The office vacancy rate in the East Bay, not including Walnut Creek or further east, ticked up to 18.4 percent at the end of last year, roughly double the vacancy rate prior to the pandemic.
In addition to 4.9 million square feet of un-leased space, the current vacancy rate includes an additional 1.2 million square feet of space which has been leased but is actively being offered for sublet, with an office vacancy rate of 34.1 percent in Oakland’s City Center Core, according to Cushman & Wakefield.
Despite the rise in vacant office space, the average asking rent only inched down eight (8) cents to $4.58 per square foot per month, with East Bay landlords still trying to hold firm on asking rents while offering free rent and build out allowances to reduce effective rents without signaling a mass decline. The average asking rent for Oakland’s Central Business District has, however, dropped around 10 percent from its pre-pandemic high and is trending down.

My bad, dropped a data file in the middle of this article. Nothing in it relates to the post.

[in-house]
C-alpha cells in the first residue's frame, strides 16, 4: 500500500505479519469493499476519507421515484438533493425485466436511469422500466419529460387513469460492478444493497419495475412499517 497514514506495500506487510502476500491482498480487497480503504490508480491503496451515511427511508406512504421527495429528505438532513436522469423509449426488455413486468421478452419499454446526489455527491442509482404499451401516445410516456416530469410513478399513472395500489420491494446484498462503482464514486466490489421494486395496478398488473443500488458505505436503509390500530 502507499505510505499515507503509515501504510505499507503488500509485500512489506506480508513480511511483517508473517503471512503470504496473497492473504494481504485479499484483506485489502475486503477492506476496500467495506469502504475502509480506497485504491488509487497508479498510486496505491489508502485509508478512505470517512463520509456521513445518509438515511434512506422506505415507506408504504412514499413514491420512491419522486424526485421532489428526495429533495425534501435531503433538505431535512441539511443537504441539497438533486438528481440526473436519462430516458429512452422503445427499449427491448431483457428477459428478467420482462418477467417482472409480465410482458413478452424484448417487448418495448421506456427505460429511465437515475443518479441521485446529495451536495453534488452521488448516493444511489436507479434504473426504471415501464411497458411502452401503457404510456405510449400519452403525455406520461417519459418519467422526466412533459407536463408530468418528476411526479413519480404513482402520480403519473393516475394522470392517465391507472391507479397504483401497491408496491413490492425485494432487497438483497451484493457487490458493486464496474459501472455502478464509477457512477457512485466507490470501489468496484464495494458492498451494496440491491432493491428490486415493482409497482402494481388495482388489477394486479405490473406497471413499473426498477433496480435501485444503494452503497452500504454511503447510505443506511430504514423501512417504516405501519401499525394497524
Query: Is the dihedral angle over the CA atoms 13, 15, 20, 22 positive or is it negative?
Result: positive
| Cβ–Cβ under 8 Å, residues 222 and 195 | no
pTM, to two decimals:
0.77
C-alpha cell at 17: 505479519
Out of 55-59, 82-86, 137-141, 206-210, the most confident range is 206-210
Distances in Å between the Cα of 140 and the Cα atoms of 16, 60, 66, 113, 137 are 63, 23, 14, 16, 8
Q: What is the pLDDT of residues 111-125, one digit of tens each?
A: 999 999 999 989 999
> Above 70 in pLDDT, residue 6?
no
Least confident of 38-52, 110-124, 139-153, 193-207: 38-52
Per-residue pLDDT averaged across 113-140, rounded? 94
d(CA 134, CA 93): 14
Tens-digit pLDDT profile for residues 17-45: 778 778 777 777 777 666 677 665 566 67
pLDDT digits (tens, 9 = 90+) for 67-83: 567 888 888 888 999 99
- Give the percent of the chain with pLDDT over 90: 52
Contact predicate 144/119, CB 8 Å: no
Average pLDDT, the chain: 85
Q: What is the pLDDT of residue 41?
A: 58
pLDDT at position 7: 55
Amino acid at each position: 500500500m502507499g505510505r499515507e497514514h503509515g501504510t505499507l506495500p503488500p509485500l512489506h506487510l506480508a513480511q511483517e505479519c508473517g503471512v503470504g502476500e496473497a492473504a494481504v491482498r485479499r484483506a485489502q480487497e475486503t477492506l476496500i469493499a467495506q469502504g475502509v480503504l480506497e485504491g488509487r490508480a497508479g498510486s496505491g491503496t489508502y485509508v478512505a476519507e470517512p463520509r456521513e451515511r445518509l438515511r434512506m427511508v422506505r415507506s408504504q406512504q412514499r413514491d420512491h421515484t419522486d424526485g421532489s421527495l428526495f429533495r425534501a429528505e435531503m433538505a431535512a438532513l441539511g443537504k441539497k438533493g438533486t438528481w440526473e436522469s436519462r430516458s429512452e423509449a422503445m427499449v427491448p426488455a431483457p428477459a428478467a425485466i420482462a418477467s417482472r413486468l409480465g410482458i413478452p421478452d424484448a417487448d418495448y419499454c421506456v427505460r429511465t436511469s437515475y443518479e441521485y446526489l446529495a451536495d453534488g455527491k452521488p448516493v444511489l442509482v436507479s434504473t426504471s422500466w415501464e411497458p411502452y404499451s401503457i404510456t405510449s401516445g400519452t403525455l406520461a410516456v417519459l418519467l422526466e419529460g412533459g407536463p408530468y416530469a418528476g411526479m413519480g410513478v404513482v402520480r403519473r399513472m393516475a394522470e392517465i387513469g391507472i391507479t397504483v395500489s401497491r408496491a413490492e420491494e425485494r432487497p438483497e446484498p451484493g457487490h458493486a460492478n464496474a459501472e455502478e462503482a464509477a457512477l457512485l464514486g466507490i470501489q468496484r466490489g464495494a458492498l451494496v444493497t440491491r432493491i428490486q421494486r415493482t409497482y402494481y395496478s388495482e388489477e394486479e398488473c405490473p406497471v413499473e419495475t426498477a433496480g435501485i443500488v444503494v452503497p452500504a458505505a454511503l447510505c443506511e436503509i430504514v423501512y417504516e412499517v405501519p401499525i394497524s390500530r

“Given that vacancy in [Oakland’s Central Business District] has more than doubled…it is surprising that the pricing adjustment has not been more significant, particularly within the Class B and commodity Class A product types. The first factor holding up rents has been a notable flight to quality. To draw employees back to the office, tenants are drawn to the highest quality spaces, and as they often downsize their footprint, they become less price sensitive. The other is landlords’ inability or unwillingness to drop rates. A wave of refinancing and sale activity in the years before Covid-19 have left many landlords at a basis where they are unable to lower rates and still make their investments pencil, even in the face of rising vacancy.”
And once again, the aforementioned trends and landlord challenges aren’t limited to Oakland, as plugged-in people should be well aware. We’ll keep you posted and plugged-in.